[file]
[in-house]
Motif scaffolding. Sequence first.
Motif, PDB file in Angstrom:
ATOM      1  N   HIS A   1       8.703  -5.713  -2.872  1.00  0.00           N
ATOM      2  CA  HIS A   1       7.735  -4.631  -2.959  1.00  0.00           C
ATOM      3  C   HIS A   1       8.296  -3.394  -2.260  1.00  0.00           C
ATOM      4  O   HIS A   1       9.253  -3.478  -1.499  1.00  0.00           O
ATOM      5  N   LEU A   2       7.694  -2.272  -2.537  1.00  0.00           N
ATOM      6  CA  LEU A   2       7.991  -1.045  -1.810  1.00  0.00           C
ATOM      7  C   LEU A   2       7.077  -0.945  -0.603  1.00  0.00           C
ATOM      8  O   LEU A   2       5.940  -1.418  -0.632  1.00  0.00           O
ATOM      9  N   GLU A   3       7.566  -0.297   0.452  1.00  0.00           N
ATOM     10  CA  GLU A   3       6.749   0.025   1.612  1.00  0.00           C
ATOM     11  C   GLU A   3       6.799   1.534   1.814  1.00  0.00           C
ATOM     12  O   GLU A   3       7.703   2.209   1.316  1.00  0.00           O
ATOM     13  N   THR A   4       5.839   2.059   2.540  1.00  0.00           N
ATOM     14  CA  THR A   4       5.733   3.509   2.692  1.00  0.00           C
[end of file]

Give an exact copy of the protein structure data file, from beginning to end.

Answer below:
[in-house]
Motif scaffolding. Sequence first.
Motif, PDB file in Angstrom:
ATOM      1  N   HIS A   1       8.703  -5.713  -2.872  1.00  0.00           N
ATOM      2  CA  HIS A   1       7.735  -4.631  -2.959  1.00  0.00           C
ATOM      3  C   HIS A   1       8.296  -3.394  -2.260  1.00  0.00           C
ATOM      4  O   HIS A   1       9.253  -3.478  -1.499  1.00  0.00           O
ATOM      5  N   LEU A   2       7.694  -2.272  -2.537  1.00  0.00           N
ATOM      6  CA  LEU A   2       7.991  -1.045  -1.810  1.00  0.00           C
ATOM      7  C   LEU A   2       7.077  -0.945  -0.603  1.00  0.00           C
ATOM      8  O   LEU A   2       5.940  -1.418  -0.632  1.00  0.00           O
ATOM      9  N   GLU A   3       7.566  -0.297   0.452  1.00  0.00           N
ATOM     10  CA  GLU A   3       6.749   0.025   1.612  1.00  0.00           C
ATOM     11  C   GLU A   3       6.799   1.534   1.814  1.00  0.00           C
ATOM     12  O   GLU A   3       7.703   2.209   1.316  1.00  0.00           O
ATOM     13  N   THR A   4       5.839   2.059   2.540  1.00  0.00           N
ATOM     14  CA  THR A   4       5.733   3.509   2.692  1.00  0.00           C